• 19. Step 1: Rails  JRuby  The guys got regular Rails running well under mongrel using JRuby  There is also Warbler for creating deployable WAR files  Gl*ssfish can run Rails apps in- place
  • 20. Step 1: Rails But that’s not good enough
  • 21. Step 1: Rails on JBoss  JBoss  Run Rails apps in-place under JBoss  No WAR-creation required  Runs alongside other JEE apps  Runs alongside other Servlets within the same application
  • 22. Step 1.5 Databases
  • 23. Step 1.5: Databases  Since Java has the very nice JDBC drivers, let’s use them  But don’t want to teach Rubyists JDBC  Add a few ActiveRecord driver gems, and your Rails application accesses the DB through JDBC
  • 24. Step 1.5: Databases  No changes to config/database.yml required  Rails is managing the connections itself
  • 25. Step 1.75: Managed connections on Rails  If’n you want to use a managed datasource deployed outside of the application...  You can make changes to config/ database.yml to use a datasource  Datasource located via JNDI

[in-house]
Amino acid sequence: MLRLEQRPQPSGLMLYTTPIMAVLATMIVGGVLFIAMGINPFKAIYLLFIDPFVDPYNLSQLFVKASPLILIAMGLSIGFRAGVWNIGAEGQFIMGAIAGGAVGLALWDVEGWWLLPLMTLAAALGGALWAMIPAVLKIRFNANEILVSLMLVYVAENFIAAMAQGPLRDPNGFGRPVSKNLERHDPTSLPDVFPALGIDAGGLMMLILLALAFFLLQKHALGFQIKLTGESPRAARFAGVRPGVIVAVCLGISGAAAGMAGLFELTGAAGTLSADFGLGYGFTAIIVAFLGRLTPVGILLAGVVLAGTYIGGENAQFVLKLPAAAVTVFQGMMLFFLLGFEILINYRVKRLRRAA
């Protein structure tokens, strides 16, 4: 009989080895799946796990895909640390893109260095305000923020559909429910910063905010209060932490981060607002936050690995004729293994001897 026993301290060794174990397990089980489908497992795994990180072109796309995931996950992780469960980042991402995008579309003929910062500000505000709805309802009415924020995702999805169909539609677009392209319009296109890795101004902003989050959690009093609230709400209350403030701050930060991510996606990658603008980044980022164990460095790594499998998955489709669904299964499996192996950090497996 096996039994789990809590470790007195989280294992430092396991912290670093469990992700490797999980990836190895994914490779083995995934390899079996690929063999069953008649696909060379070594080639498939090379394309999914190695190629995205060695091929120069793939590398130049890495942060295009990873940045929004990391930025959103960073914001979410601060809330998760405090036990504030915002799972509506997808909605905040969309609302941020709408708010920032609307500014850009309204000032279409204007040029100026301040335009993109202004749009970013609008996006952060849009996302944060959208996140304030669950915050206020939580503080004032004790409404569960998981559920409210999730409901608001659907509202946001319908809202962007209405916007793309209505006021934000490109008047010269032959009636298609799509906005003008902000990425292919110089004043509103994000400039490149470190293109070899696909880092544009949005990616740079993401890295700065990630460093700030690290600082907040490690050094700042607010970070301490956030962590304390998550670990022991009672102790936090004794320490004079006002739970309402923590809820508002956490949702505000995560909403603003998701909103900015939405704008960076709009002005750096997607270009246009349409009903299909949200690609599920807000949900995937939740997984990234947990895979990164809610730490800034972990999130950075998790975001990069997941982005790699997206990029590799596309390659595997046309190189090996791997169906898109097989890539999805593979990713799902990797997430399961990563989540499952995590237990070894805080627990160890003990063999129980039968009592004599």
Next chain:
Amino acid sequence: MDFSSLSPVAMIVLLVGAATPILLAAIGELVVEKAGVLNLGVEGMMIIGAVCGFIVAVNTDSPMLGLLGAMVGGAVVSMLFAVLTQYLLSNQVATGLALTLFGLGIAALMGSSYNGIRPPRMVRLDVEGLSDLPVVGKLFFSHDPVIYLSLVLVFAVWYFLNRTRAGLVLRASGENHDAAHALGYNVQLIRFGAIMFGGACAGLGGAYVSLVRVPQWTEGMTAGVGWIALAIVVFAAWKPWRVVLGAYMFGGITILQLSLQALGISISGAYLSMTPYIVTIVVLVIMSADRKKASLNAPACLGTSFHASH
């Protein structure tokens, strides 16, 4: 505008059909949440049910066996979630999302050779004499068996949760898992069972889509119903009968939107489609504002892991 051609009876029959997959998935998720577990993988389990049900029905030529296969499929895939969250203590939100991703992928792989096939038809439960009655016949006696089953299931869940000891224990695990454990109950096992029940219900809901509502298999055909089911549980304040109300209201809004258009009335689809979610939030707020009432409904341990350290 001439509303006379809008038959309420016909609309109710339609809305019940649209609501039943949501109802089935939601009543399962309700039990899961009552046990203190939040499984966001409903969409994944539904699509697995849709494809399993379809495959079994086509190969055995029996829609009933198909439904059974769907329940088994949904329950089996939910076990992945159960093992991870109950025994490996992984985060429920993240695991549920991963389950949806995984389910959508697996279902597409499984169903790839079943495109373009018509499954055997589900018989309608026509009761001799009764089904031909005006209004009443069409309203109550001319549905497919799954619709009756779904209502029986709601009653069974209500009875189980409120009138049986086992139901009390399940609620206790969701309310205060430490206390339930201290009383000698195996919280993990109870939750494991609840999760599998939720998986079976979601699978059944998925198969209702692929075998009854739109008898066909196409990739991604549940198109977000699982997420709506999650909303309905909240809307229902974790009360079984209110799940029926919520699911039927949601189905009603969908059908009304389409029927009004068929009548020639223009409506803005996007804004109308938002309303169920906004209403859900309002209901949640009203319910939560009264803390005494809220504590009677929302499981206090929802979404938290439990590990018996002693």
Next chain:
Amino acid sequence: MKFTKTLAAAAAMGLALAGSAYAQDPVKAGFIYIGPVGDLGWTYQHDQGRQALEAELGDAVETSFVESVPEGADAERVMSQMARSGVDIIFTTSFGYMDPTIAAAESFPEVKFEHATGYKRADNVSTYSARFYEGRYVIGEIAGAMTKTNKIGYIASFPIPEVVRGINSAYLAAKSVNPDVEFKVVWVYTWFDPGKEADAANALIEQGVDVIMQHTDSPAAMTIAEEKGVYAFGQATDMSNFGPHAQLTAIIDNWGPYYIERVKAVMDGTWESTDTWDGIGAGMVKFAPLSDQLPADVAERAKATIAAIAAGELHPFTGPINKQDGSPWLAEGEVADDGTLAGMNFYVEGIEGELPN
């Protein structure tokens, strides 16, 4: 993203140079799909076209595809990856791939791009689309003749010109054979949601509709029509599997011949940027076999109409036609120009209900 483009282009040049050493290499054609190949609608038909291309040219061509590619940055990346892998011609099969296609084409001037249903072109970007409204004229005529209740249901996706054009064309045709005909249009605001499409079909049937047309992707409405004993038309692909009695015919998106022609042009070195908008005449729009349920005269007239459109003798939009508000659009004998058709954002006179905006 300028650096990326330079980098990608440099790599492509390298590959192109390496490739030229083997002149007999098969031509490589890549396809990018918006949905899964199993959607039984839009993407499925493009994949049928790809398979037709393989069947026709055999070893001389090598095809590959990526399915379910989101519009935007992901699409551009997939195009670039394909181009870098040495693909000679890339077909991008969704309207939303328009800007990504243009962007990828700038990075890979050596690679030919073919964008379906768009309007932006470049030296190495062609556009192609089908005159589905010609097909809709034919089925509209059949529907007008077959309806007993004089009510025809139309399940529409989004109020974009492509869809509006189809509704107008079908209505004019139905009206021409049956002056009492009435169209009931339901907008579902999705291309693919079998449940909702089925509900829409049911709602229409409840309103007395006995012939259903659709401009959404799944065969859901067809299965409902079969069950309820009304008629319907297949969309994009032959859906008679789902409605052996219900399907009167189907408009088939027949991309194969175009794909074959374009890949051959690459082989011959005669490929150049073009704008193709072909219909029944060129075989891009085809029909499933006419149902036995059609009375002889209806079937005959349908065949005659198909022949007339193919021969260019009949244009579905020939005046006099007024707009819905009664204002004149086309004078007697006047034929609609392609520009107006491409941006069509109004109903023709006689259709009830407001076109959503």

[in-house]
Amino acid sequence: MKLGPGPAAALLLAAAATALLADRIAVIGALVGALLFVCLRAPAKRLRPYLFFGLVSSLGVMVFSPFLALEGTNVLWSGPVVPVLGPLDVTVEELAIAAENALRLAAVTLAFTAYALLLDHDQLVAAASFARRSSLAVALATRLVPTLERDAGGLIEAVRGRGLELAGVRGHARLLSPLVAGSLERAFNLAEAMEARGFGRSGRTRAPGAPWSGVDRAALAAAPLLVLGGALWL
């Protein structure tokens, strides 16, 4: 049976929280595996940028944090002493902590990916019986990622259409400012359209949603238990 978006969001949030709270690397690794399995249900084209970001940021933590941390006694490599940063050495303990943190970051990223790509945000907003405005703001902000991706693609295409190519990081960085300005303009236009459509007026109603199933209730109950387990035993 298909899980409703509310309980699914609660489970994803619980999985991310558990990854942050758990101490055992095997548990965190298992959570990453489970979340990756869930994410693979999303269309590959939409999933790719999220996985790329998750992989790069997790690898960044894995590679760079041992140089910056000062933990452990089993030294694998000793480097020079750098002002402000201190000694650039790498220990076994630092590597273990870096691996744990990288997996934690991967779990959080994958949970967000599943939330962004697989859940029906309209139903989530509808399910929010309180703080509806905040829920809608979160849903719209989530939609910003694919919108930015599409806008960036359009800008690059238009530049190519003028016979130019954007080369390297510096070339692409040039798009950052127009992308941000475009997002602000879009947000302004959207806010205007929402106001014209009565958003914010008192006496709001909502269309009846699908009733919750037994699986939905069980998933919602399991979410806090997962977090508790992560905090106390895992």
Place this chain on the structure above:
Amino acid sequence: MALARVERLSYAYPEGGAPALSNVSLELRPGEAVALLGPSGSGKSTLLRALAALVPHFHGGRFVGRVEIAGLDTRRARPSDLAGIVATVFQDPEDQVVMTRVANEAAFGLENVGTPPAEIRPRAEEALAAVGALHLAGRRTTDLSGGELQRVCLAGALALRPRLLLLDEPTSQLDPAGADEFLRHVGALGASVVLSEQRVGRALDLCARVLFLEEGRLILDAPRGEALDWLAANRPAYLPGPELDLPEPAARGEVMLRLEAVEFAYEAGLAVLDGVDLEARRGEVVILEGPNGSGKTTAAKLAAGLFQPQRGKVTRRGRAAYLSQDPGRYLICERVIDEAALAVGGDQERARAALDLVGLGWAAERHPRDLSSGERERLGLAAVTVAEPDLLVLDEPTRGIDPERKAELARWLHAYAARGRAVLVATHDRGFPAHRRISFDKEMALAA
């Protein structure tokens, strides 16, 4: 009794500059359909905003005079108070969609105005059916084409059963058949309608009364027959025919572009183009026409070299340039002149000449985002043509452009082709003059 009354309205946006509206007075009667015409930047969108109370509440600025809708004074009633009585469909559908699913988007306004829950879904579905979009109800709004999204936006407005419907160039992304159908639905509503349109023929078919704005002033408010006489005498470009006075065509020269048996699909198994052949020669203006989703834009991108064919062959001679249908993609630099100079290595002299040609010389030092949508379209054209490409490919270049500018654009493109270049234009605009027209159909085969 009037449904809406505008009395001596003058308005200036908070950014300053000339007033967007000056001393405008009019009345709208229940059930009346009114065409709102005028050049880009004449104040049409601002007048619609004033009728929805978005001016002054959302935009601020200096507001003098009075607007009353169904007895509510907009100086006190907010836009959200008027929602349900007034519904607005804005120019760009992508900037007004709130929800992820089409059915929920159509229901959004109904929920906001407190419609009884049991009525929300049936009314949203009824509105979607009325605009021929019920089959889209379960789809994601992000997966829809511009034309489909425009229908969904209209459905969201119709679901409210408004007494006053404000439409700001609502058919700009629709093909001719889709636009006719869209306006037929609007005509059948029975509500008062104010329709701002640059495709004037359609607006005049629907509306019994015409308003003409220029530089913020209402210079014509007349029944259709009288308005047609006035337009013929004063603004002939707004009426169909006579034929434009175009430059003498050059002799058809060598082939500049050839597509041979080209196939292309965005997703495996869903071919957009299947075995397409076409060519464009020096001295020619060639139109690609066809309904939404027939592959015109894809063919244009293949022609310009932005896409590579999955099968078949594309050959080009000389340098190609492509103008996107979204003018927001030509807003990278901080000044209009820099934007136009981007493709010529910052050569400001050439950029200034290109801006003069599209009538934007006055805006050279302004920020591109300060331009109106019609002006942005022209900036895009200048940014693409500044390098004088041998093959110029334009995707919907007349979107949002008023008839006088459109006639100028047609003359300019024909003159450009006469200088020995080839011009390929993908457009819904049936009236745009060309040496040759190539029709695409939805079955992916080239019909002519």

• 26. Step 1.75: Managed connections on Rails  You can even deploy your datasource from within your Rails application:  config/mydb-ds.xml
  • 27. Step 1.97: Deployment Deployment with TorqueBox is slightly different, but familiar to JBoss users.
  • 28. Inversion of Deployment Traditional Rails  You pull HTTP functionality into your app  You run your app, which listens on a port
  • 29. Inversion of Deployment: Traditional HTTP listener web-server gems mongrel, etc controllers views controllers views controllers views models models models models Rails Application
  • 30. Inversion of Deployment Rails in an app server  Load your app into an app-server which already listens to HTTP  App server routes some requests to your app or other apps
  • 31. Inversion of Deployment: App server HTTP listener controllers views controllers views controllers views controllers models views models controllers views models controllers views models models Rails Application models models models Rails Application App Server
  • 32. Deployment  You don’t “start the app”  You “deploy” it into an App Server  TorqueBox comes with Rake tasks to help  rake torquebox:rails:deploy  rake torquebox:run